Although keeping a house rabbit will certainly improve your relationship with your pet, a bond between human and rabbit will normally not be as strong as the bond between two rabbits there are of course exceptions. If you live alone with a house rabbit and get to spend plenty of time in the house it may be that your rabbit will build a strong bond with you. Having a rabbit that loves you is very satisfying. It may hop up on the settee to lie next to you just like a cat and follow you everywhere, even to bed!

Bonded rabbit pairs on the other hand, understand each other perfectly, they will look after each other in a way that no other cross species pairing will be able to replicate. Unfortunately hutch rabbits that lack human contact will unlikely be able to develop and display their unique personalities to the full. These rabbits will at the very least need the sight and smell of another rabbit.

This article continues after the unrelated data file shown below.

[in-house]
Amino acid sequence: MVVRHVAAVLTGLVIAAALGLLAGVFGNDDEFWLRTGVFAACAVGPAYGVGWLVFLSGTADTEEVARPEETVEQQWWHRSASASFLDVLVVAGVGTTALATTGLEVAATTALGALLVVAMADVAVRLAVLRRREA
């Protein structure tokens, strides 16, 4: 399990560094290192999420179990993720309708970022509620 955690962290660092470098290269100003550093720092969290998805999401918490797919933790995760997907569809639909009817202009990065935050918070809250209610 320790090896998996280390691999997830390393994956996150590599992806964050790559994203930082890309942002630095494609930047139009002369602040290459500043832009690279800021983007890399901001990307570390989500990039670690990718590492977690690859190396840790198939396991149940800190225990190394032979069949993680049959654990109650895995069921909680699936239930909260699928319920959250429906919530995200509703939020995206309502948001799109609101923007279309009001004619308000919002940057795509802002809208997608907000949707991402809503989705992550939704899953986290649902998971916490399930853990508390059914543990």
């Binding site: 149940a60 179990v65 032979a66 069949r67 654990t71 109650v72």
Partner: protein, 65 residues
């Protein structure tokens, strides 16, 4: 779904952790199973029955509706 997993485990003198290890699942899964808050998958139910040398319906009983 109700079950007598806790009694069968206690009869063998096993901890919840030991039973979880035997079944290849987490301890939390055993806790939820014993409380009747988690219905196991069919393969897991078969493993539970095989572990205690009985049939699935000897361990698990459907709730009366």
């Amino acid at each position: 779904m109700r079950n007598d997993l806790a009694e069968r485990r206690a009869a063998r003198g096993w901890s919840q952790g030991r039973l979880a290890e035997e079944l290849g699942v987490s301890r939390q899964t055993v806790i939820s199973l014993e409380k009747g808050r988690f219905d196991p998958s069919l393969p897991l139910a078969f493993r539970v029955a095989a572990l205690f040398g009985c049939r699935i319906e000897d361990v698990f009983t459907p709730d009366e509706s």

Without this the rabbit will most likely live a very short and unhappy life. Rabbits are highly social animals and just like humans they also need friends. In the wild rabbits live in large groups called colonies with up to a hundred bunnies sharing and maintaining a burrow and its associated tunnel system. While they are mostly silent apart from the occasional grunt, rabbits communicate with each other constantly and although we humans might have trouble deciphering this secret rabbit language, other rabbits will get these messages loud and clear.

Subtle movements such as a nose twitch might not seem like much to us but to a rabbit could be the equivalent of the complete works of Shakespeare! As mentioned a second rabbit will also help to bring out the true personality of an existing bunny, and having a second or even a third, fourth, fifth or even sixth if you follow my example will bring you as an owner hours of entertainment.